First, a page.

Little goblins and witches, pirates and princesses may be interested only in Halloween tricks and treats, but the Consumer Product Safety Commission urges parents to follow special precautions to insure a safe Halloween.
Costumes are a major concern. Whether purchased or made at home, they should be fire resistant. In stores, look for "Flameproof" labels on costumes, masks, beards and wigs. If making a costume, avoid flimsy materials and outfits with big, baggy sleeves or billowing skirts.
Costumes should be short enough so that children won't trip on them. Also, they should be light or bright enough to make them clearly visible to motorists on dimly lighted residential streets. Even witches can wear reflective tape sewn onto their gowns or carry flashlights.
Masks or other disguises should not restrict vision or breathing. Plastic bags over faces can cause suffocation. A natural mask of cosmetics or charcoal applied directly to the skin is usually safest.
Halloween wouldn't be right without pumpkins, but don't set a candle-lighted pumpkin on a doorstep where children's costumes might brush against it. Indoors, be sure it is not near curtains or other furnishings that could burn.
Children should never be allowed to carry candles or any other open flame, even if it is inside a pumpkin.
The Commission also advises parents to follow these safety guidelines:
- Young children out trick-or-treating should always be accompanied by a responsible older person and should be kept in constant sight
- Tell youngsters to avoid running across lawns or backyards because they can trip over lawn ornaments or run into clotheslines that are almost invisible in the dark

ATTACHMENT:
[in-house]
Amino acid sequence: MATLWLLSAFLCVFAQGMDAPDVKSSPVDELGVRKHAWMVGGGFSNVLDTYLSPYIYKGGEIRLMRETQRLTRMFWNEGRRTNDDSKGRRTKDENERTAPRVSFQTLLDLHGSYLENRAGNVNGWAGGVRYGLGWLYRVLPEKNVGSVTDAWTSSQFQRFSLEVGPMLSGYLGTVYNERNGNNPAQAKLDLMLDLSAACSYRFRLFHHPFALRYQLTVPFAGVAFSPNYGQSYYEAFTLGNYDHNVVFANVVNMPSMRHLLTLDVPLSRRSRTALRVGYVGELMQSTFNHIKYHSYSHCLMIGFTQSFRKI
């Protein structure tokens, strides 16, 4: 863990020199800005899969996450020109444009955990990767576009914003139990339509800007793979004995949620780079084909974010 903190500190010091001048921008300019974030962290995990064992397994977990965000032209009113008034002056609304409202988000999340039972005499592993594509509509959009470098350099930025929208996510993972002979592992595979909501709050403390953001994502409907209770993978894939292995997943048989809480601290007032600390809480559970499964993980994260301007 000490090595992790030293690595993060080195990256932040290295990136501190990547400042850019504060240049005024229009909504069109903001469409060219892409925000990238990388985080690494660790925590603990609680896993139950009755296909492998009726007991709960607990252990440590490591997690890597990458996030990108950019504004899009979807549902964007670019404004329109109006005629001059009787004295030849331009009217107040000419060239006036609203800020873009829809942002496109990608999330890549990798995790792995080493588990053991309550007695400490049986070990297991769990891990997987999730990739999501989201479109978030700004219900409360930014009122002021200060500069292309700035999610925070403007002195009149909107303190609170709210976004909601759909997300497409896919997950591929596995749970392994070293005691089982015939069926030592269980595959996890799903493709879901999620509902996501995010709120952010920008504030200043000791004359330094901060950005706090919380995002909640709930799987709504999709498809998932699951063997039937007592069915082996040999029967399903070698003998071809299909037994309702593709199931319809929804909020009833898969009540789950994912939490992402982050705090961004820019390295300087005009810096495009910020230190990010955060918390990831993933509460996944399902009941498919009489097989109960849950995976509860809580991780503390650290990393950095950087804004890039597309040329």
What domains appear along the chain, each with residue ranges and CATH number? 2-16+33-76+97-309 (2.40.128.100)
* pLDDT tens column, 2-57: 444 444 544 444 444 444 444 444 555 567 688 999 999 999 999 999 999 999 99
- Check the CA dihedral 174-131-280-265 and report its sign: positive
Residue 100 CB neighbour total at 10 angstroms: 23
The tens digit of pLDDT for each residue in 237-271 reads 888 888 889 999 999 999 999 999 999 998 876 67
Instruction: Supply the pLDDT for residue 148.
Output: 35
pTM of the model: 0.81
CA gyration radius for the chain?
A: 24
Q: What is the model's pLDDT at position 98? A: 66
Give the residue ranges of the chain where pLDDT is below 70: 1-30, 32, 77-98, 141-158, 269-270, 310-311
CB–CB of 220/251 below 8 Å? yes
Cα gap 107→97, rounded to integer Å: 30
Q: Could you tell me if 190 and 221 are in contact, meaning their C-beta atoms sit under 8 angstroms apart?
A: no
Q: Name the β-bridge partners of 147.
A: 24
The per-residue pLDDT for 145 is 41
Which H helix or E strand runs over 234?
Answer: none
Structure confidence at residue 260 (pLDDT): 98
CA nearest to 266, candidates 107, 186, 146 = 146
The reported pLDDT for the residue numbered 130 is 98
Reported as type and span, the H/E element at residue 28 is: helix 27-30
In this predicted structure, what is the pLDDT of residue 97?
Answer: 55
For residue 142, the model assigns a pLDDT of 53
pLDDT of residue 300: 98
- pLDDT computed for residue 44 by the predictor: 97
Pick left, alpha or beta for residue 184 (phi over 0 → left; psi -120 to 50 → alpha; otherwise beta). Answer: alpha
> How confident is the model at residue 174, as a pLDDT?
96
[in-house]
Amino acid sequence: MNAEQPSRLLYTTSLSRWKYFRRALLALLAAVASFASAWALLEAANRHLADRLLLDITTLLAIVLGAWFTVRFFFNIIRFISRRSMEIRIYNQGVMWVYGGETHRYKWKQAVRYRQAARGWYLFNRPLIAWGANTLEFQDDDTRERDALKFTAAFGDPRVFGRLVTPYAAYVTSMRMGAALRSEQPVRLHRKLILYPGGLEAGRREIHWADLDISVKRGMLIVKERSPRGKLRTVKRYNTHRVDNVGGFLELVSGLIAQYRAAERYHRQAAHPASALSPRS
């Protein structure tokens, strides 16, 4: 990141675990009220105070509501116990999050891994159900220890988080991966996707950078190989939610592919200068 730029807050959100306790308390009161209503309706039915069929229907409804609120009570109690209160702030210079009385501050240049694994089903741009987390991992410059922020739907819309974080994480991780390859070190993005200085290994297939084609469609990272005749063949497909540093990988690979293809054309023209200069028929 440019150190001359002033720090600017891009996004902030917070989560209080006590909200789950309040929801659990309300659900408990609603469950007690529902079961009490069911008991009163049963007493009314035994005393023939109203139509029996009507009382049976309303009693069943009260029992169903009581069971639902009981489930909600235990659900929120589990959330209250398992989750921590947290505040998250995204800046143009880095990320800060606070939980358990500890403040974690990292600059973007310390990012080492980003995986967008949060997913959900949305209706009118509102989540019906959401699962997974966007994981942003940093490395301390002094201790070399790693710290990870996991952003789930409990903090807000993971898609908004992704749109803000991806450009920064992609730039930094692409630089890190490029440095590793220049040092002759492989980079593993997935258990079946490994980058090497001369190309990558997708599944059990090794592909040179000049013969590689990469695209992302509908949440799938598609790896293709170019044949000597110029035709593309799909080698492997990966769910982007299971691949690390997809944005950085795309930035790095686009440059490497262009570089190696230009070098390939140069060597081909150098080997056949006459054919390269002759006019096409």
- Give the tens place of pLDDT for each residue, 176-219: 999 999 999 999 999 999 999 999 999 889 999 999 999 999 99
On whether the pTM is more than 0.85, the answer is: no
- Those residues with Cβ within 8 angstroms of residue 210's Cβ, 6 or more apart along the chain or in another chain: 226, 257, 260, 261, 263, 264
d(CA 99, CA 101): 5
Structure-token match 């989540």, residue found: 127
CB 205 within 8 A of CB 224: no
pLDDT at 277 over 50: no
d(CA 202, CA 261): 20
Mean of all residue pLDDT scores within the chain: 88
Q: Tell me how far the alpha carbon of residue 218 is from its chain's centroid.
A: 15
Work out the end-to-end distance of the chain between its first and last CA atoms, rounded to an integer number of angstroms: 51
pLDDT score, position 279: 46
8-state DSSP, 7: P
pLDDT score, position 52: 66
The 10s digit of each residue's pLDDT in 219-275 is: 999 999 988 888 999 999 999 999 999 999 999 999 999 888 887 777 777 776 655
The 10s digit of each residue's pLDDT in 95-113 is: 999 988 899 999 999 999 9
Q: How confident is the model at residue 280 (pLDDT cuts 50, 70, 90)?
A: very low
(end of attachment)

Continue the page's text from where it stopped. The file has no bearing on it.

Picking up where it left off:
- Remind children of everyday safety rules, such as not dashing out between parked cars
- Children should not eat any of the treats they collect until they have been carefully examined by an adult. Pins, razor blades, slivers of glass, drugs, and poison have been found in treats passed out by real life ghouls
Finally, if you are driving on Halloween, take special care. Watch out for trick-or-treaters who will be too busy to watch out for you.
The U.S. Consumer Product Safety Commission (CPSC) is charged with protecting the public from unreasonable risks of injury or death associated with the use of thousands of types of consumer products. Deaths, injuries, and property damage from consumer product incidents cost the nation more than $1 trillion annually. CPSC’s work to ensure the safety of consumer products has contributed to a decline in the rate of deaths and injuries associated with consumer products over the past 40 years.
Federal law bars any person from selling products subject to a publicly announced voluntary recall by a manufacturer or a mandatory recall ordered by the Commission.
For lifesaving information:
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Phone: (301) 504-7908
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